“Hey, Kev - how does it feel to be the coolest person in the room?” Brian joked, grinning at his cousin.
“Uh, hello!” AJ waved his hand in the air. “I’m over here, Rok.”
Brian chuckled. “Sorry, Boner, but it looks like you’ve been replaced. Nothing can beat Kevin’s sweet ride. It’s like a Power Wheels! Right, Bay?”
Baylee was too busy playing to respond.
Kevin’s mom cleared her throat. “Speaking of sweet rides…” She boosted Mason higher on her hip. “I brought the new van today. The boys thought it would be fun for us to go out to dinner tonight.”
Kevin looked up at her, raising his eyebrows. “Us?”
“Yeah, we thought we could celebrate our homecomings - us from tour and you from rehab,” Brian chimed in, grinning. “You are still planning on going home soon, right?”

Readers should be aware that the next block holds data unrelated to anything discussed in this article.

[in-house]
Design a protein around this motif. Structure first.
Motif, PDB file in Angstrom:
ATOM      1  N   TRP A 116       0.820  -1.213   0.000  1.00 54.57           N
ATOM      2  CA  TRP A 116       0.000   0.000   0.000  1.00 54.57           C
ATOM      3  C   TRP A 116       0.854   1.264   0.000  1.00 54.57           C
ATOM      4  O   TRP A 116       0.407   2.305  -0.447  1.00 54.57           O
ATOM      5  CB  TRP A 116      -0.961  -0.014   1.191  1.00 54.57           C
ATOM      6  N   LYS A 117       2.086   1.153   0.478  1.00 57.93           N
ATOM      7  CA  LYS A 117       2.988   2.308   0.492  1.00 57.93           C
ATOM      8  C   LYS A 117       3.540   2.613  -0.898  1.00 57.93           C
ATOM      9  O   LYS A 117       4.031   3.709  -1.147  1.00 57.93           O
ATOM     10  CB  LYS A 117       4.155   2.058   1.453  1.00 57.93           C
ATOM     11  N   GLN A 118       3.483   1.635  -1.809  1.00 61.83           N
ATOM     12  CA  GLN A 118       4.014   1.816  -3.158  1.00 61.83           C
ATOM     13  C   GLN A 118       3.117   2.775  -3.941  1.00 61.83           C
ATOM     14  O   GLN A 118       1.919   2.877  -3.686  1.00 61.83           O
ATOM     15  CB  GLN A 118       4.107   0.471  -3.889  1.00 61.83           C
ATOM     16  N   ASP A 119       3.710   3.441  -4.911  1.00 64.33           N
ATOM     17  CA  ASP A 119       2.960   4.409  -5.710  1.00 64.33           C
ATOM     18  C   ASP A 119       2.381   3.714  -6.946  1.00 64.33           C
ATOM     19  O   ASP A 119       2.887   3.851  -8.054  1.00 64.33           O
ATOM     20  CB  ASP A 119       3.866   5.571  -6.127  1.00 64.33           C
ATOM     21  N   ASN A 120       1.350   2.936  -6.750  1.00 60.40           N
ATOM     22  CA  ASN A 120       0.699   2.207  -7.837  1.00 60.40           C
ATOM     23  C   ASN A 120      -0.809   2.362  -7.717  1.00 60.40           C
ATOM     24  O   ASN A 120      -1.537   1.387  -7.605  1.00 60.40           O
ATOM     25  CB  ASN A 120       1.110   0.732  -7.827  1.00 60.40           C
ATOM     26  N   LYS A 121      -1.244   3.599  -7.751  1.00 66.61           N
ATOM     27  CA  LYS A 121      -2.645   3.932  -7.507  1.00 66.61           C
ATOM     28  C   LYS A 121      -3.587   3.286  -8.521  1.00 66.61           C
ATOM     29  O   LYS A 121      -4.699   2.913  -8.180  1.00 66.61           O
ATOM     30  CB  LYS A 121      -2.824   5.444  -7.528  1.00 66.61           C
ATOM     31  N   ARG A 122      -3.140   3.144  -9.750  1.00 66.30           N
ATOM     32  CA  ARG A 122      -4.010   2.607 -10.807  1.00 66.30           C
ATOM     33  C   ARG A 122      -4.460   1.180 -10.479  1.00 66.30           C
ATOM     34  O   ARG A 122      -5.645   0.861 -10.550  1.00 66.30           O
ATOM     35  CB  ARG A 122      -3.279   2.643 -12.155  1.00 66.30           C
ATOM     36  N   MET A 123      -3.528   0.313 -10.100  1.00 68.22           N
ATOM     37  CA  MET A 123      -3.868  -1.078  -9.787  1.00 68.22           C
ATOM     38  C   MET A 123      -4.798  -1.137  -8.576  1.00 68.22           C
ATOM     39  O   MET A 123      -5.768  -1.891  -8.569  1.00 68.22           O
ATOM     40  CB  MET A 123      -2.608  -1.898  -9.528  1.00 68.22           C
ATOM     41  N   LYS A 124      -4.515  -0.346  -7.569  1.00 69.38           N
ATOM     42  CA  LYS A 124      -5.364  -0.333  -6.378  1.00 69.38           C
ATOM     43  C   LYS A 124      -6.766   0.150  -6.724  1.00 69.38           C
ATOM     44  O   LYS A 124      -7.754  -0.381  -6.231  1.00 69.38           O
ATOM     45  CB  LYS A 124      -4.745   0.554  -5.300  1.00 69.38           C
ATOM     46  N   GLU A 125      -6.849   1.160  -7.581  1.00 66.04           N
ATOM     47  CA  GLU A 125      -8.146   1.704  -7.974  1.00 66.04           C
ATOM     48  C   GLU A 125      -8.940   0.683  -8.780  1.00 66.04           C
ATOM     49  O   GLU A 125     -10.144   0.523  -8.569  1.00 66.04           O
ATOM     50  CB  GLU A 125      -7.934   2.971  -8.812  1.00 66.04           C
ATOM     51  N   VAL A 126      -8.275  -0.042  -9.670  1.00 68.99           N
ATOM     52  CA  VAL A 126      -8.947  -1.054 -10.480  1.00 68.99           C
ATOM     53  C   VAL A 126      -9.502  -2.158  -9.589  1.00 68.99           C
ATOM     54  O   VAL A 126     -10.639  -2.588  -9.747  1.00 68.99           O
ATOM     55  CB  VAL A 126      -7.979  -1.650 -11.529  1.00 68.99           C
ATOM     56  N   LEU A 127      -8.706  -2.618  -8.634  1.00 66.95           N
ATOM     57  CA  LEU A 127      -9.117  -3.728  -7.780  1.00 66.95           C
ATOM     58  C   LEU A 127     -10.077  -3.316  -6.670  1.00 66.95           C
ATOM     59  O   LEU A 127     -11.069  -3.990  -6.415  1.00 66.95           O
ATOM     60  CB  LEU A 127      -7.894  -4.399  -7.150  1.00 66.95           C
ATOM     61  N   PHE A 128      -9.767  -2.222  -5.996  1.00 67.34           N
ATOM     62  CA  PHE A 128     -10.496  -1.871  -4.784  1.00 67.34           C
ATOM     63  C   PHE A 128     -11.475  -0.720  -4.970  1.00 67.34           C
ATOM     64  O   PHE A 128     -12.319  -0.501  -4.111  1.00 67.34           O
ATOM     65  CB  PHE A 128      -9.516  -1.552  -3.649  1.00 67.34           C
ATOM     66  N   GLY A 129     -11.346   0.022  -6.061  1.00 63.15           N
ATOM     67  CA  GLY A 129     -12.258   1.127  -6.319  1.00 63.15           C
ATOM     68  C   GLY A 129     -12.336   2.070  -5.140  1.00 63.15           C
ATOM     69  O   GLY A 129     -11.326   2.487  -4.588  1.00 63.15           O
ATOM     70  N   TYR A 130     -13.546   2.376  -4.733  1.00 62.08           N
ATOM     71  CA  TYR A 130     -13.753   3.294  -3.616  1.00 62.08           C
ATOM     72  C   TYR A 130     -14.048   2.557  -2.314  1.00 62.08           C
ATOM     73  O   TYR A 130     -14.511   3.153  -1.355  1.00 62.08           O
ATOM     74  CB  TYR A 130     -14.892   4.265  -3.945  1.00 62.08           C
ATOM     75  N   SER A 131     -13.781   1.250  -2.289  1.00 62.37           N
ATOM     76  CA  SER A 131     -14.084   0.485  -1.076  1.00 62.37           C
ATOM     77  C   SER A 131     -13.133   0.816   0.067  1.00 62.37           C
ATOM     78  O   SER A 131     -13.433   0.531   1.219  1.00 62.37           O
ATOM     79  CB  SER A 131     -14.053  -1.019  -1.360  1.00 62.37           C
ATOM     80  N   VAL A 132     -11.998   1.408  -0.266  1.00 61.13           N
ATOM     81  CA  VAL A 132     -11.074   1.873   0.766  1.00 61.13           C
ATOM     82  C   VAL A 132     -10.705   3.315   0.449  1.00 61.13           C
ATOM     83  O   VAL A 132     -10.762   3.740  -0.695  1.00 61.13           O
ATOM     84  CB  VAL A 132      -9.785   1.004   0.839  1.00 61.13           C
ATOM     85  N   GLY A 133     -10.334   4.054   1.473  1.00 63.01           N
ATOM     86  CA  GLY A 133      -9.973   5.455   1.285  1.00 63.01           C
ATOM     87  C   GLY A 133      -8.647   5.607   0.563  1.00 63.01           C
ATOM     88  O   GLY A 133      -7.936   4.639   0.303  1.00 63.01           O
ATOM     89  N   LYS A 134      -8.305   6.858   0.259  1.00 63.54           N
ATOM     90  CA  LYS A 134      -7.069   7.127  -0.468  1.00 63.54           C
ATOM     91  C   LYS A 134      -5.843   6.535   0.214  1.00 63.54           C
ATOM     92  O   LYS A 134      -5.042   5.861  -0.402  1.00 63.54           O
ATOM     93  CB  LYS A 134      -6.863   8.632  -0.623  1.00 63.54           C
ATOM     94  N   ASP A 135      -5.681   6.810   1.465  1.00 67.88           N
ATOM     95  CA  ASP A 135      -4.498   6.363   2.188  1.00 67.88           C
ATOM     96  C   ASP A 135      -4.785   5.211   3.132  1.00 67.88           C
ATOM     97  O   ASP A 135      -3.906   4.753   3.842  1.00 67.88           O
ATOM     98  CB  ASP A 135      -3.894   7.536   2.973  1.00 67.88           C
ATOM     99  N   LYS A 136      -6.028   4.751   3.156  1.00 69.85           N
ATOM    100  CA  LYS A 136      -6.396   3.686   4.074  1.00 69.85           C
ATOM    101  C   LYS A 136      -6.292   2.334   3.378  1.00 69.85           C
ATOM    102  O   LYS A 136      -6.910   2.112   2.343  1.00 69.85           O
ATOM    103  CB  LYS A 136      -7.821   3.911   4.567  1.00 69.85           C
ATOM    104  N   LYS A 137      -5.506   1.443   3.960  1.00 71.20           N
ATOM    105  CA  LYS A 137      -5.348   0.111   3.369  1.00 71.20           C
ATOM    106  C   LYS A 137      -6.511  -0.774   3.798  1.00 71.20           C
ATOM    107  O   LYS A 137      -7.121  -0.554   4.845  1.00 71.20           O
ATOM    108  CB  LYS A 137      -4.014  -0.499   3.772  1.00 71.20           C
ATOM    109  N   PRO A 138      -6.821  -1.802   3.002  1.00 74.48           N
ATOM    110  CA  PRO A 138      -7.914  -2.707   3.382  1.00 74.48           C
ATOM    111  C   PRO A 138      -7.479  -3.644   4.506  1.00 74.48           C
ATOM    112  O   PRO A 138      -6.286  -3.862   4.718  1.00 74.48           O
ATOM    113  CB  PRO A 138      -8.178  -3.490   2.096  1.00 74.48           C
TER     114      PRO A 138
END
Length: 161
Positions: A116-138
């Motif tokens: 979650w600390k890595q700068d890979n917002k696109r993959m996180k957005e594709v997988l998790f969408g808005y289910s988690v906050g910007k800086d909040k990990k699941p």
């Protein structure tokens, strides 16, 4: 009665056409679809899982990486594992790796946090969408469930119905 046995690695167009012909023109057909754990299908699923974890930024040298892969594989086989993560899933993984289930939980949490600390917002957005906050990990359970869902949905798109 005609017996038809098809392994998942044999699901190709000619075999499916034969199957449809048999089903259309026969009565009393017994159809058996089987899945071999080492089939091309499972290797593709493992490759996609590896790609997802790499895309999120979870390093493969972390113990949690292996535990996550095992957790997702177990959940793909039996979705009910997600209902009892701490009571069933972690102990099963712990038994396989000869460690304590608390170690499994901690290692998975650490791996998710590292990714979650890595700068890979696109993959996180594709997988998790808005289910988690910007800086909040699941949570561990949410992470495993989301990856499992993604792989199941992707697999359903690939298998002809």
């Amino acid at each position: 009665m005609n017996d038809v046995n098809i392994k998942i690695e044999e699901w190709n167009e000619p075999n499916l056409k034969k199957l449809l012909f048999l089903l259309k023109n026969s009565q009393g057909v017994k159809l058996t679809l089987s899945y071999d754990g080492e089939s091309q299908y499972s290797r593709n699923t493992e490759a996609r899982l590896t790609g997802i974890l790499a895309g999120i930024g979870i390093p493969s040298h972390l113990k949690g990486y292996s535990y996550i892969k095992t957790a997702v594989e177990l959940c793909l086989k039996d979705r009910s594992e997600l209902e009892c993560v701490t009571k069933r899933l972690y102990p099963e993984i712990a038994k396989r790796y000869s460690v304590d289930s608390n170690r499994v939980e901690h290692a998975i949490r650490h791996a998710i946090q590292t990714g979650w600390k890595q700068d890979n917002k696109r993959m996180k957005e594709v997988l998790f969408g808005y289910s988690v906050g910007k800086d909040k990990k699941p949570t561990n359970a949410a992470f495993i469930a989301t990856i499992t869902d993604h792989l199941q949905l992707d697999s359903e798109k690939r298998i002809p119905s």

“That’s the plan, yeah...” Kevin said slowly, “...but I dunno about going out with y’all tonight.”
AJ and I exchanged glances. Neither of us were surprised by his reaction. Based on what Brian had told us, we had anticipated him saying no. Our job was to talk him into saying yes.
“Aw, c’mon, Kev,” AJ tried to convince him first. “You’re gonna have to leave the rehab center at some point to go home, right? Tonight’s the perfect night to get outta here for a few hours and test out that new van of yours.”
“Yeah, remember all the times you told me you wanted a drink or to have one for you?” I added. “Well, tonight you can finally come out with us and have one yourself! I’ll buy you as many as you want!”
Kevin smiled and shook his head. “I appreciate it, Nick, but I probably shouldn’t. Pissing myself in public is not my idea of fun.”
“I thought you had a bag to piss into.”
He blushed, clearly flustered by the conversation. “Well, I do, but it has to be emptied every few hours. If I drink too much, and it overflows…”